# useradd –g clamav –s /bin/false \
–c "Clam AntiVirus" clamav
The two previous commands add a clamav group and a clamav group, respectively, to your system. Next, build the CLAMAV source.
$ zcat clamav–x.yz.tar.gz | tar xvf –
$ cd clamav–x.yz
$ ./configure sysconfdir=/etc
$ make
(In the second command, be sure to change x.yz to the version number of the software you downloaded.) Depending on how fast your PC is, the entire build process could take a few minutes or a bit longer.
Once the build is finished, install the CLAMAV software with the command:
$ su –c "make install"
Next, become root and create the initial log file and assign it appropriate access permissions for the clamav user:
# touch /var/log/freshclam.log
# chmod 600 /var/log/freshclam.log
# chown clamav /var/log/freshclam.log
You must also set the permissions on the CLAMAV virus signature directory:
# chown clamav.clamav /var/lib/clamav
# chmod 755 /var/lib/clamav
Next, open the /etc/clamav.conf file with your favorite text editor, and remove this section:
#Comment or remove the line below
Next, remove the # symbol in front of this line:
#UpdateLogfile /var/log/freshclam.log
Save the file and exit the editor. To continue, run the freshclam command as root from a terminal prompt. If you’ve followed all of the instructions correctly, you should see a message that the virus database has been updated, as in:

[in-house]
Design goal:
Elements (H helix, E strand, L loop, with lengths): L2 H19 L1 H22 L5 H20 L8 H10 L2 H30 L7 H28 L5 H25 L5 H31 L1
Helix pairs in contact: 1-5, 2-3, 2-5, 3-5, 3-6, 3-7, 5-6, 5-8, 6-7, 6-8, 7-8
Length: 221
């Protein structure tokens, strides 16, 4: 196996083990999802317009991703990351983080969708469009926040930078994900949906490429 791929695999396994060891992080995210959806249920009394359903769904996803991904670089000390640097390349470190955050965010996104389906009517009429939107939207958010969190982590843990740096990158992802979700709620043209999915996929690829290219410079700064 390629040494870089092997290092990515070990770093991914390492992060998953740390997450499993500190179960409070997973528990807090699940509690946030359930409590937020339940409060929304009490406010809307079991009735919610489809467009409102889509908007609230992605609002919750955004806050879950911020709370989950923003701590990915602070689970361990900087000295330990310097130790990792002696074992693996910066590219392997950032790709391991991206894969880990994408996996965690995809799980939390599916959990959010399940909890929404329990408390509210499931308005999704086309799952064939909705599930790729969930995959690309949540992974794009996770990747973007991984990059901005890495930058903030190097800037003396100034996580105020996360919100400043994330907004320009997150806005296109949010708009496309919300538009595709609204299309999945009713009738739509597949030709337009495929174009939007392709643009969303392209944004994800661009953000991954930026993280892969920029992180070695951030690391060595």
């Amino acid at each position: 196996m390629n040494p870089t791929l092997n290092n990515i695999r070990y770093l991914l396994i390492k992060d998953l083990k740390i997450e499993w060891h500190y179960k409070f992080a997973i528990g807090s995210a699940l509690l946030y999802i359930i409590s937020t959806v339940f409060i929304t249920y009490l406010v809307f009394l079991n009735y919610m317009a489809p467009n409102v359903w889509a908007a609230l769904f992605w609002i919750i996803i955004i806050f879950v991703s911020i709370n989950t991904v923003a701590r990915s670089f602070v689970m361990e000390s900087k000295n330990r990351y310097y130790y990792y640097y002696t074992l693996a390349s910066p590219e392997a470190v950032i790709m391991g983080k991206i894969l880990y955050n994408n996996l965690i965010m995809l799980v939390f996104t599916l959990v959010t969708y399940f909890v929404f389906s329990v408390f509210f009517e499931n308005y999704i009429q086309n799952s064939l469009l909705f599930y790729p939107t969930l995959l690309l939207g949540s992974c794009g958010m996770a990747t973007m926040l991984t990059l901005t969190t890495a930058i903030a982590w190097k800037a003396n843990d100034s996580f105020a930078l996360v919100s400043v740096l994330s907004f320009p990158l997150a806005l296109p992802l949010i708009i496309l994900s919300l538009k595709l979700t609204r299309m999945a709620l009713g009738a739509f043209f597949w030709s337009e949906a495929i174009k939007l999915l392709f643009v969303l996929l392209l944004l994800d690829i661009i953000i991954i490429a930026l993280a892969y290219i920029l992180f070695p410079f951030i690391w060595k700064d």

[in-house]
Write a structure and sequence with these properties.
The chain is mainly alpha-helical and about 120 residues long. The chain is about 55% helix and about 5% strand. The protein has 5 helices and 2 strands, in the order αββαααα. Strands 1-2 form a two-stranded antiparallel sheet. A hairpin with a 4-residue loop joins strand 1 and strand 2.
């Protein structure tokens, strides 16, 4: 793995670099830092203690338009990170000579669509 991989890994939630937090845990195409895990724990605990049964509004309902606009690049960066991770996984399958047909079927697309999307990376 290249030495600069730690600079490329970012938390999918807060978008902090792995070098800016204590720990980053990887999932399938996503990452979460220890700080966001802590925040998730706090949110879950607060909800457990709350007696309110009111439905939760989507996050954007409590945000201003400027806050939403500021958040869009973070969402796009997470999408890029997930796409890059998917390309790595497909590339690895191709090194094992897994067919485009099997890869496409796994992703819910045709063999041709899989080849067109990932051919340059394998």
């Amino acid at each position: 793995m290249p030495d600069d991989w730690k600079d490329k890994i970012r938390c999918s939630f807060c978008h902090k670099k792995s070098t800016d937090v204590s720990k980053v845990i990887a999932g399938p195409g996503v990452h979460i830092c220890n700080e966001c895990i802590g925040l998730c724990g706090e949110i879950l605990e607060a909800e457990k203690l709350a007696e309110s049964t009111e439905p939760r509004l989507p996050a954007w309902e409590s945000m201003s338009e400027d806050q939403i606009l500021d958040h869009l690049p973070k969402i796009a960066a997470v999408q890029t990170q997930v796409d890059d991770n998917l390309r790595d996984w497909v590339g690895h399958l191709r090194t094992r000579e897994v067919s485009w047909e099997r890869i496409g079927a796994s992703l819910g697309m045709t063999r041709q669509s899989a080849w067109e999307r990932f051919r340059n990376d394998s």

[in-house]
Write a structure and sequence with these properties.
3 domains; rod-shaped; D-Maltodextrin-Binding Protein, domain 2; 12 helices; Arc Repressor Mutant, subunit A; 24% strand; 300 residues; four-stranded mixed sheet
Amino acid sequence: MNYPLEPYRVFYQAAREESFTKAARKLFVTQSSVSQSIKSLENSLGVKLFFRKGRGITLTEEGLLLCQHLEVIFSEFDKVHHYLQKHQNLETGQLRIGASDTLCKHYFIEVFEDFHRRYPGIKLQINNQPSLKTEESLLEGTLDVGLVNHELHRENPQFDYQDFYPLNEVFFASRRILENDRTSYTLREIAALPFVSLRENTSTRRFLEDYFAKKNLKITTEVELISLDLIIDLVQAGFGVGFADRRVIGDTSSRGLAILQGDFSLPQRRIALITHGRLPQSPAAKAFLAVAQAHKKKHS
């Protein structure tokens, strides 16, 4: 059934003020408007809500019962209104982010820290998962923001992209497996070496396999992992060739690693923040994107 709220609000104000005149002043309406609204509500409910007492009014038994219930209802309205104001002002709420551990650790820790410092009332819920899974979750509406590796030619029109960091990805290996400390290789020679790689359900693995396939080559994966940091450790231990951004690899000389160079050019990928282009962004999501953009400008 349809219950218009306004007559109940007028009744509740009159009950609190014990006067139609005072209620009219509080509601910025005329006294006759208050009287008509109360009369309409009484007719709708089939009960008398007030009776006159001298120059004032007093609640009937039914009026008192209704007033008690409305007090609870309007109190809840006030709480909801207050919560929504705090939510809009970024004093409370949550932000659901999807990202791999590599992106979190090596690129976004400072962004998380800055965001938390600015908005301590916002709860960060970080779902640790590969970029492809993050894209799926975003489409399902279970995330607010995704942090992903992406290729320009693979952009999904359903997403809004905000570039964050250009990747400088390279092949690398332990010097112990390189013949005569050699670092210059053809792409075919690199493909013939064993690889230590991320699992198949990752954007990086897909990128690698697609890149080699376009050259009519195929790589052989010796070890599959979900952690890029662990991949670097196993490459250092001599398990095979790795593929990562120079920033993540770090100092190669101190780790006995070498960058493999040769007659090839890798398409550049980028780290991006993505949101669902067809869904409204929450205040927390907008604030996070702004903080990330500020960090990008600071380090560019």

[root@localhost ~]# freshclam
ClamAV update process started at Tue Jan 24 13:16:06 2006
Downloading main.cvd [*]
main.cvd updated (version: 35, sigs: 41649, f–level: 6, builder: tkojm)
Downloading daily.cvd [*]
daily.cvd updated (version: 1248, sigs: 852, f–level: 7, builder: diego)
Database updated (42501 signatures) from db.us.clamav.net (IP:
To automatically have freshclam update its database on a periodic basis, add the following line to your /etc/cron.hourly file:
N * * * * /usr/local/bin/freshclam –quiet
If you run SUSE or another distro, /etc/cron.hourly might be a directory containing vanilla shell scripts. In that case, create a text file named /etc/cron.hourly/freshclam with the following lines:

Scanning with CLAMAV

Doing CLAMAV scans are fast and efficient. To perform a scan, simply issue the following command–line as root:
# clamscan ––recursive ––infected /path/to/a/directory
This causes clamscan to scan the files within the specified directory and within all of the directory’s subdirectories. If you omit /path/to/a/directory, clamscan recursively scans . (“dot”), the current working directory.
If clamscan finds any viruses, it warns you of the infections, but it won’t clean them by default. However, if you run the following command…
# clamscan ––recursive ––move=/path/to/my/quarantine
clamscan moves all infected files to /path/to/my/quarantine, at which point you can go through those files to see which are infected and delete those at your leisure.
Or, if you’re feeling totally paranoid and want the files removed from your system immediately, the following command erases any infected files found:
#  clamscan –recursive  ––remove /directoryname
clamscan has many other many command-line options. Type clamscan –help to review them.